Enough serious stuff! It's time for some summer reading & watching. Over the next few months, I'll be posting weird and wonderful television and film recommendations for those interested in religion & popular culture. This month's subject? Jesus and the Biblical World.
These days, it seems like everyone wants to make a movie or television show about Jesus or the early church. Some of my favorite representations of Jesus and the ancient world come not from the 2010s, but from the 1970s! Before you watch The Bible, or A.D. The Bible Continues, you really ought to watch these gems.*
Jesus Christ Superstar:
Based on the 1970s rock opera of the same name, Andrew Lloyd Webber and Tim Rice's classic just gets better with age. The music! The vocal performances! The hippies! The film has been often imitated, and the musical has been revived again and again, but no other version offers such a heady blend of American 1960s-1970s counterculture, religion, and media. You'll come for the iconic theme song, but you'll stay for a truly compelling version of the final days of Jesus told from the perspective of the tragic anti-hero Judas Iscariot. Here's a video of the first few minutes of the film, wherein Judas warns Jesus that his ministry will have dire consequences for all involved. And, if you can make it through listening to the song John Nineteen: Forty-One without crying, you are a lot tougher than me!
Did I mention hippies? If Jesus Christ Superstar is the cynical apology for why hippies were into Jesus, then Godspell is its sunny sister. And, if you are looking for a daily dose of the Jesus Movement, this1973 adaptation of the 1971 Stephen Schwartz classic is for you. Check out this video of John the Baptist "preparing the way of the Lord." Have you ever seen such a delightful group of disillusioned young people finally finding the charismatic leader they've been hoping to follow?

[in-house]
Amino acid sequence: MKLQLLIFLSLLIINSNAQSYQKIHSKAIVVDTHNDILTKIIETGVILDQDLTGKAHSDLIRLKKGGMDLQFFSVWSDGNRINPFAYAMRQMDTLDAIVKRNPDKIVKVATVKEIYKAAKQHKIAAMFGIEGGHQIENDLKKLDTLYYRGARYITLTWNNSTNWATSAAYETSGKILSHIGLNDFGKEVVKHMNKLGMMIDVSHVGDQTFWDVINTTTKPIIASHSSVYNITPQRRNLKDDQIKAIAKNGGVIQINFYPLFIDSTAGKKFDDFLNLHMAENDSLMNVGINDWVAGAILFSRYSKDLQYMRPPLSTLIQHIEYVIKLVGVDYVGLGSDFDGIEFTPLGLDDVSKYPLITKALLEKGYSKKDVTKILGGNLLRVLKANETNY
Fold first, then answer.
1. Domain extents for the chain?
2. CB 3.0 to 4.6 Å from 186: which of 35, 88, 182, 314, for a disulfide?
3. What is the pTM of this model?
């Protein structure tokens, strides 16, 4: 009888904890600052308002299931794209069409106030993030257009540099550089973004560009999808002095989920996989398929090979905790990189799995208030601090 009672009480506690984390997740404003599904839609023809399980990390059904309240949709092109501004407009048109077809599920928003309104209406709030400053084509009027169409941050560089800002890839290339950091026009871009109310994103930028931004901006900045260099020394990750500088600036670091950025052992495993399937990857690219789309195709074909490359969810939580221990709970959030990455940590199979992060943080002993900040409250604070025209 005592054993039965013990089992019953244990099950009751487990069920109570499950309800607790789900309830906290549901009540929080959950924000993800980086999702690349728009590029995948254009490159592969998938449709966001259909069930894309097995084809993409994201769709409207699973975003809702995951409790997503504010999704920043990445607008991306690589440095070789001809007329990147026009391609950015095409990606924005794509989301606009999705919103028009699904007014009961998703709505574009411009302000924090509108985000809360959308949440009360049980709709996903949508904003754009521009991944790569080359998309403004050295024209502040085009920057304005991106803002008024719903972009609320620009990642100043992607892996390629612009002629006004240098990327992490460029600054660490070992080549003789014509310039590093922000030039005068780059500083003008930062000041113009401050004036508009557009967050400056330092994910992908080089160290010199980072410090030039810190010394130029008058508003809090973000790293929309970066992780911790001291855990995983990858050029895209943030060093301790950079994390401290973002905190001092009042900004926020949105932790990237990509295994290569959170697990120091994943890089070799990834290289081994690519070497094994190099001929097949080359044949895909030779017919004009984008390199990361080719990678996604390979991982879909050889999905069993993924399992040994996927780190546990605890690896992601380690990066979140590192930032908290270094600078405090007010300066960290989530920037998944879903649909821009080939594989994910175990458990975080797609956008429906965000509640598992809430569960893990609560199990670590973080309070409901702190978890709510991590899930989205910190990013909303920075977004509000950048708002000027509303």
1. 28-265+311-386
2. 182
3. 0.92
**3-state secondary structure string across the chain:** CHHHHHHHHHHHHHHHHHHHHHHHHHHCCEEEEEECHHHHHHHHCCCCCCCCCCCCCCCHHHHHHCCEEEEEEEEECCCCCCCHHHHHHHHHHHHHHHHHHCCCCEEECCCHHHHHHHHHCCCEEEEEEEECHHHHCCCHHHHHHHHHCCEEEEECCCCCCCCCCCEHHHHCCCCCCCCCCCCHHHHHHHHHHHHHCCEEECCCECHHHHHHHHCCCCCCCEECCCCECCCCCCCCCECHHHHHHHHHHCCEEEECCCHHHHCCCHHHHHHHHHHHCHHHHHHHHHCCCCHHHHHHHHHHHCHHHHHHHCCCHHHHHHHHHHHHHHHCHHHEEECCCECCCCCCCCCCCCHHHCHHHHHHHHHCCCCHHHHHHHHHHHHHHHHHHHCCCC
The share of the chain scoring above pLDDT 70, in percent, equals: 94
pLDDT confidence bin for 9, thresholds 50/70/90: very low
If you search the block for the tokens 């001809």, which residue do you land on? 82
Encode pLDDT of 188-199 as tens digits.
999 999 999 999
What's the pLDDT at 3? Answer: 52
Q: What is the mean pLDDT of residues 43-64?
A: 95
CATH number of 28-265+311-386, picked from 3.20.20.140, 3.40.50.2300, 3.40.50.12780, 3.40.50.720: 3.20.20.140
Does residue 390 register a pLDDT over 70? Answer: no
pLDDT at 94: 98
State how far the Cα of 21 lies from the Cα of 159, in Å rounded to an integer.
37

Monty Python's Life of Brian:
This film is actually technically not about the life of Christ... it's an unfortunate tale of a man born just one stable away from him: Brian Cohen. Poor Brian just cannot catch a break. Through a series of unfortunate events, Brian inadvertently founds a messianic movement - and we all know what Rome did with those! If you are looking for something truly off the wall and if satire doesn't offend your religious sensibilities, the 1979 masterpiece Life of Brian is for you. If you know anything at all about the first century, there are in-jokes galore. It's actually more historically accurate than most television or film about the life and times of Jesus. Consider the following clip wherein we get an inside view of a meeting between Jewish zealots complaining about what it was like to live under the colonial thumb of Rome:
Any time I teach a Bible or church history course, I show this hysterical summary of why living in empire is so complex.
Do you have any recommendations for representations of Jesus and/or the ancient world in popular culture? Send them my way! And stay tuned for next month's entry....